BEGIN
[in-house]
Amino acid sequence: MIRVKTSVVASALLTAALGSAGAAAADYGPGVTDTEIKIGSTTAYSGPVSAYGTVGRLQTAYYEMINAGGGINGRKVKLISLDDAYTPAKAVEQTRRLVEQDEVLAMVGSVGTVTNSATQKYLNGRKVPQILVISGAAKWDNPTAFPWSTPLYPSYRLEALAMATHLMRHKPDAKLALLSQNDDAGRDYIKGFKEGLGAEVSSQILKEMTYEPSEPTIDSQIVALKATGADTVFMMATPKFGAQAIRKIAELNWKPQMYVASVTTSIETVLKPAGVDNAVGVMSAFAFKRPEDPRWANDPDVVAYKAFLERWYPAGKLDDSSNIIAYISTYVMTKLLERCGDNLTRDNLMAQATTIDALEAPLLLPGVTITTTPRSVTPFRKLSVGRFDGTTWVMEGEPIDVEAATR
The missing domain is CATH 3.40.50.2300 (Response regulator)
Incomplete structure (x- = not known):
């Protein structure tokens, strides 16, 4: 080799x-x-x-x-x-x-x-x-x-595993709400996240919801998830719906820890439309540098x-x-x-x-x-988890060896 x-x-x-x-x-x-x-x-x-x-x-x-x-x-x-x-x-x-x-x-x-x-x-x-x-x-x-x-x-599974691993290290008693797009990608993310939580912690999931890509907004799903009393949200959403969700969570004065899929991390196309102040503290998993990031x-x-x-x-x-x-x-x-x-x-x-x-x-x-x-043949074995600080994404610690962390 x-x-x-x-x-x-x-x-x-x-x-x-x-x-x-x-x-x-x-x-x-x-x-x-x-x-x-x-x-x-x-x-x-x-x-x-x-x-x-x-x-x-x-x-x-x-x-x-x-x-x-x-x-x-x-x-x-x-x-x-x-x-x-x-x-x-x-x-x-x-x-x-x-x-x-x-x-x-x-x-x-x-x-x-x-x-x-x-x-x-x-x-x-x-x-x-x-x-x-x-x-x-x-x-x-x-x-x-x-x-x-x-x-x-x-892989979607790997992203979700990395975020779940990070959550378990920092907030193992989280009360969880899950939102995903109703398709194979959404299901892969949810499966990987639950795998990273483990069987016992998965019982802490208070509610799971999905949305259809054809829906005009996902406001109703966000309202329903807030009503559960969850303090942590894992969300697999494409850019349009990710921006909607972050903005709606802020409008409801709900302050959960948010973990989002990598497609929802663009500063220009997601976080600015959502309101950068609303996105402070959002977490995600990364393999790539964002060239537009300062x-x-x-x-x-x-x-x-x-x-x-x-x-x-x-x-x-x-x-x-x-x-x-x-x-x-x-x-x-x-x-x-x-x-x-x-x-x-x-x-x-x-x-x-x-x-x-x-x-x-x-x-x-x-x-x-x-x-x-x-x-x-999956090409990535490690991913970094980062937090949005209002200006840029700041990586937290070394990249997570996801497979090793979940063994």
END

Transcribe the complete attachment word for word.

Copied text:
[in-house]
Amino acid sequence: MIRVKTSVVASALLTAALGSAGAAAADYGPGVTDTEIKIGSTTAYSGPVSAYGTVGRLQTAYYEMINAGGGINGRKVKLISLDDAYTPAKAVEQTRRLVEQDEVLAMVGSVGTVTNSATQKYLNGRKVPQILVISGAAKWDNPTAFPWSTPLYPSYRLEALAMATHLMRHKPDAKLALLSQNDDAGRDYIKGFKEGLGAEVSSQILKEMTYEPSEPTIDSQIVALKATGADTVFMMATPKFGAQAIRKIAELNWKPQMYVASVTTSIETVLKPAGVDNAVGVMSAFAFKRPEDPRWANDPDVVAYKAFLERWYPAGKLDDSSNIIAYISTYVMTKLLERCGDNLTRDNLMAQATTIDALEAPLLLPGVTITTTPRSVTPFRKLSVGRFDGTTWVMEGEPIDVEAATR
The missing domain is CATH 3.40.50.2300 (Response regulator)
Incomplete structure (x- = not known):
């Protein structure tokens, strides 16, 4: 080799x-x-x-x-x-x-x-x-x-595993709400996240919801998830719906820890439309540098x-x-x-x-x-988890060896 x-x-x-x-x-x-x-x-x-x-x-x-x-x-x-x-x-x-x-x-x-x-x-x-x-x-x-x-x-599974691993290290008693797009990608993310939580912690999931890509907004799903009393949200959403969700969570004065899929991390196309102040503290998993990031x-x-x-x-x-x-x-x-x-x-x-x-x-x-x-043949074995600080994404610690962390 x-x-x-x-x-x-x-x-x-x-x-x-x-x-x-x-x-x-x-x-x-x-x-x-x-x-x-x-x-x-x-x-x-x-x-x-x-x-x-x-x-x-x-x-x-x-x-x-x-x-x-x-x-x-x-x-x-x-x-x-x-x-x-x-x-x-x-x-x-x-x-x-x-x-x-x-x-x-x-x-x-x-x-x-x-x-x-x-x-x-x-x-x-x-x-x-x-x-x-x-x-x-x-x-x-x-x-x-x-x-x-x-x-x-x-892989979607790997992203979700990395975020779940990070959550378990920092907030193992989280009360969880899950939102995903109703398709194979959404299901892969949810499966990987639950795998990273483990069987016992998965019982802490208070509610799971999905949305259809054809829906005009996902406001109703966000309202329903807030009503559960969850303090942590894992969300697999494409850019349009990710921006909607972050903005709606802020409008409801709900302050959960948010973990989002990598497609929802663009500063220009997601976080600015959502309101950068609303996105402070959002977490995600990364393999790539964002060239537009300062x-x-x-x-x-x-x-x-x-x-x-x-x-x-x-x-x-x-x-x-x-x-x-x-x-x-x-x-x-x-x-x-x-x-x-x-x-x-x-x-x-x-x-x-x-x-x-x-x-x-x-x-x-x-x-x-x-x-x-x-x-x-999956090409990535490690991913970094980062937090949005209002200006840029700041990586937290070394990249997570996801497979090793979940063994």